It is preferred to carry out the polymerisation or copolymerisation reaction under particle form process conditions and under these conditions the diluent is preferably a liquid diluent (see for example British patent specifications Nos. 853,414; 886,784 and 899,156).

Where a liquid diluent is employed in the polymerisation or copolymerisation reaction, it can be any hydrocarbon which is chemically inert and non-deleterious to the catalyst under the reaction conditions. Generally the diluent is selected from the groups consisting of paraffins and cycloparaffins having from 3-30 carbon atoms per molecule. Suitable diluents include for example isopentane and isobutane. When the polymerisation process of the present invention is operated under particle form process conditions in a liquid diluent, the preferred liquid diluent isobutane. Liquid diluents, when used, are generally present in sufficient amounts so that the concentration of monomeric material in the total hydrocarbon feed is of the order of 2-10 wt % although concentrations outside this range can be employed if desired.

For further details of particle form process conditions and other process conditions which can be employed in the polymerisation process of the present invention reference may be made to the aforementioned British Patent Specifications.

The polymerisation pressure is preferably high enough to maintain the diluent, when a liquid diluent is used, in the liquid phase and to ensure that the monomeric material if not liquefied under the conditions used, is dissolved in the liquid phase in sufficient amount. Pressures of the order of 50 to 700 pounds per square inch (psi) are generally adequate for this purpose. In general the reaction pressure can vary from approximately atmospheric to as high as several thousand psi. The residence or reaction time can vary from a few minutes to several hours and is generally in the range 15 minutes to 3 hours.

The polymerisation reaction can be conducted for example by contacting the monomeric material or the monomer-containing hydrocarbon feed with a fixed bed of the catalyst, with a gravitating bed of the catalyst, with the catalyst suspended in finely divided particulate form in a diluent and being maintained in suspension by agitation; or by use of a fluidised bed technique.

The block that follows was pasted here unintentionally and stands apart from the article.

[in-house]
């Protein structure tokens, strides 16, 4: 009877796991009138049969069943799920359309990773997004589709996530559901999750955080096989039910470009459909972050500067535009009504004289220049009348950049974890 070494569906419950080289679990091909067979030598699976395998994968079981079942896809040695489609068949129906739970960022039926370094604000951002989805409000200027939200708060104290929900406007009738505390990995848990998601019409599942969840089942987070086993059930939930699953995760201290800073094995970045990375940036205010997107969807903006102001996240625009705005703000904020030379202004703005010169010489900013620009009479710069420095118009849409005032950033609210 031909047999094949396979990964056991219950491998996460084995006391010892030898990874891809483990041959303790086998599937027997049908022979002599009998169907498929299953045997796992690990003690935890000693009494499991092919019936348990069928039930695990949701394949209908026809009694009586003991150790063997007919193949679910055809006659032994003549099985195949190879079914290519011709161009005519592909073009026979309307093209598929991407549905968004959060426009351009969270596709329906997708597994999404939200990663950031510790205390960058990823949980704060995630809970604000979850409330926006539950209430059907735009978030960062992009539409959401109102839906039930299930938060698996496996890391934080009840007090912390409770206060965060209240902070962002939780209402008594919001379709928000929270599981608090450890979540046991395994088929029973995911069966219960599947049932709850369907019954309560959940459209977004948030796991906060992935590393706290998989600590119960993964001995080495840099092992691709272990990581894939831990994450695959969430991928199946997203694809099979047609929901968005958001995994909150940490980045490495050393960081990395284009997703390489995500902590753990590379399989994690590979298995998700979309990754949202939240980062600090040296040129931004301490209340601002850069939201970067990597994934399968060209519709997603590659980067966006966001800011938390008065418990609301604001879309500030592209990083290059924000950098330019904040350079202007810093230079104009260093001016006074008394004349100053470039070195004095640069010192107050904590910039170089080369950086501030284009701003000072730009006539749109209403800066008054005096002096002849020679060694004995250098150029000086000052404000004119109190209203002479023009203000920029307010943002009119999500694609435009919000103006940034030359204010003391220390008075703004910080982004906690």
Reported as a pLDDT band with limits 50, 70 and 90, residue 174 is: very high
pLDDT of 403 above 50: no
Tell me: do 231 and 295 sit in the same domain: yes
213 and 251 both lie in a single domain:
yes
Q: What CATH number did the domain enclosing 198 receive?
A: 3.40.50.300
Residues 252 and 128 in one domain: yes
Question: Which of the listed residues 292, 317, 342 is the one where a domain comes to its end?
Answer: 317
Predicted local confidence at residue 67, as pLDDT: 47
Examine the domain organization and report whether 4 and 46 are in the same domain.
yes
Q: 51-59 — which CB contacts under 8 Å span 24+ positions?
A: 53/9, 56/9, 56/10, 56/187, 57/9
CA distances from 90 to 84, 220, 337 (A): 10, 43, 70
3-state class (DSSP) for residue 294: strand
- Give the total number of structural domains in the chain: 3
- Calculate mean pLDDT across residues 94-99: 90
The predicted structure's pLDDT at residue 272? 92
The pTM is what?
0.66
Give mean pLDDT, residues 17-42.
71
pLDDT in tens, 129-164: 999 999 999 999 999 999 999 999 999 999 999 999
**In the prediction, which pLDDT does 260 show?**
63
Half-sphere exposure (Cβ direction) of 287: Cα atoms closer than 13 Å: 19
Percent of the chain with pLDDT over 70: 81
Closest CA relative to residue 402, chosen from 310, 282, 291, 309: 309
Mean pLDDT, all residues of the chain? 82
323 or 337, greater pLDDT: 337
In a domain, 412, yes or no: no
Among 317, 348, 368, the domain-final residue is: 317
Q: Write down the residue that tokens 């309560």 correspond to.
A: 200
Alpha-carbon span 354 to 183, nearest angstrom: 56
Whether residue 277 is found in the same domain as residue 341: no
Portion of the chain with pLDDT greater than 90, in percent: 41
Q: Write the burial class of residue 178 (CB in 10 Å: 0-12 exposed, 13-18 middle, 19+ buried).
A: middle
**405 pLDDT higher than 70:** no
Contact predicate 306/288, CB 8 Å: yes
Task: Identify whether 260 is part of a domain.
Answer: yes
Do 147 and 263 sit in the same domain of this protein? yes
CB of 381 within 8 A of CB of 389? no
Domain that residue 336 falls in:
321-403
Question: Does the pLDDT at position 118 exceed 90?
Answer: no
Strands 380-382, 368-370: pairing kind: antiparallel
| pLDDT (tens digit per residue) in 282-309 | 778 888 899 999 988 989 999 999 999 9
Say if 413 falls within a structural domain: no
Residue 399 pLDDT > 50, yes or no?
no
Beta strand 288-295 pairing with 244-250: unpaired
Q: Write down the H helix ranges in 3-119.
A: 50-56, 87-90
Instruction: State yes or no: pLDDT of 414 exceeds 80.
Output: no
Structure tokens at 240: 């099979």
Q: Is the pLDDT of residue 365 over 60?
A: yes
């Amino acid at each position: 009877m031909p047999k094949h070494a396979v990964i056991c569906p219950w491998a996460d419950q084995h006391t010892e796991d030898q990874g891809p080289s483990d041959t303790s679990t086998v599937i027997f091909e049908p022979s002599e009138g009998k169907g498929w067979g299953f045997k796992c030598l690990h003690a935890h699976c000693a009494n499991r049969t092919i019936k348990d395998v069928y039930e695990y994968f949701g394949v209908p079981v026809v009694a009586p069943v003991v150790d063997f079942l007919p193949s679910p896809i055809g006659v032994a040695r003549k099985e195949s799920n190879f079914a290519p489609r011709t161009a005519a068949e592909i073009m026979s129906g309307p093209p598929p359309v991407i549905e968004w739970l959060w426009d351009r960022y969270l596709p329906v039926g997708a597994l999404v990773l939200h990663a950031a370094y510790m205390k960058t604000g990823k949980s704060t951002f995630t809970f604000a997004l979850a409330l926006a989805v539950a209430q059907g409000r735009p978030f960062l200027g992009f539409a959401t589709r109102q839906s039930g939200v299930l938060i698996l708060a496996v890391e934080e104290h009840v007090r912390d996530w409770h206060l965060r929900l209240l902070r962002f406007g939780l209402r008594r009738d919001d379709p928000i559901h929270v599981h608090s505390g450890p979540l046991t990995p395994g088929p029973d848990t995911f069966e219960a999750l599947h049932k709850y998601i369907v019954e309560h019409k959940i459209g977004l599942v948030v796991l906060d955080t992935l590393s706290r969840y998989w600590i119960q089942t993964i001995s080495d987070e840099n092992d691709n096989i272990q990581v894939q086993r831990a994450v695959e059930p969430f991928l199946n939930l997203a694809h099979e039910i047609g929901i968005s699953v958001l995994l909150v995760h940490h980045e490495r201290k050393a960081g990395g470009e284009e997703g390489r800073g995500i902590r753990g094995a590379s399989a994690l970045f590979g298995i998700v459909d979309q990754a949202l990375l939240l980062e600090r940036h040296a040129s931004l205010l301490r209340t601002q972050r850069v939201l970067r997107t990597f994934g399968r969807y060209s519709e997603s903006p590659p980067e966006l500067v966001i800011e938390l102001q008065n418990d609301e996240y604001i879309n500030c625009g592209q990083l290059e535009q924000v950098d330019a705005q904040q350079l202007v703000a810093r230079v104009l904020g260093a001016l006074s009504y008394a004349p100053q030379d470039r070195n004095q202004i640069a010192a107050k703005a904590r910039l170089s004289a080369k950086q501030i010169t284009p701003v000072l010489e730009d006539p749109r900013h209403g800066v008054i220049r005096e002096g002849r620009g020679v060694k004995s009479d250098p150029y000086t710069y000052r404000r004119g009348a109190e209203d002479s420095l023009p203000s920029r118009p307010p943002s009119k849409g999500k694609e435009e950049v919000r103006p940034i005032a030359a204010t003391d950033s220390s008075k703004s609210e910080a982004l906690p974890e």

If desired, the polymerisation can be conducted in the presence of hydrogen gas to increase the melt index of the produced polymer. In general, the higher the partial pressure of hydrogen in the reaction zone the lower becomes the molecular weight of the produced polymer.

Methods of recovering the product polyolefin are well-known in the art and for further description of recovery techniques references may be made to the aforementioned British Patent Specifications.

The process of the present invention can be used to make polyethylene and copolymers thereof having a wide range of melt indices. It is particularly useful for the production of high melt index polyethylene.

The invention is illustrated by the following Examples wherein Example 1 is according to the invention and Example 2 is by way of comparison.

In the Examples the melt index (MI) and high load melt index (HLMI) were determined according to ASTM method 1238 using 2.16 Kg and 21.6 Kg loads respectively. The units are grammes per 10 minutes. The melt index ratio is HLMI/MI.

EXAMPLE 1

A silica support, commecially available from W. R. Grace & Co., and known as 952 silica was impregnated with a petroleum ether solution of Ti(OPri)4 containing approximately 5% by weight of Ti based on the weight of the silica. The 952 silica had previously been dried at 150 C. After removal of the solvent the product was heated at 800 C for 3 hours by fluidising in a stream of dry air.

The titanium-treated silica was cooled and covered with distilled water and the resultant slurry shaken mechanically for 15 minutes. The water was distilled off and and the product dried at 150 C. A second treatment of the product with a petroleum ether solution of Ti(OPri)4 containing approximately 5% by weight of Ti based on the weight of the silica was carried out. The petroleum ether (solvent) was decanted and the titanium-treated silica washed and decanted three times with fresh petroleum ether (to remove unreacted titanium) and the final traces of solvent distilled off. The titanium-treated silica was heated for 4 hours at 800 C by fluidising in a stream of dry air.

A petroleum ether solution of the reaction product of 0.3g CrO3 and 1.5ml tertiary butyl alcohol (i.e. ditertiary butyl chromate) was added to a petroleum ether slurry of 15g of the above titanium-treated silica. The solvent was removed by distillation.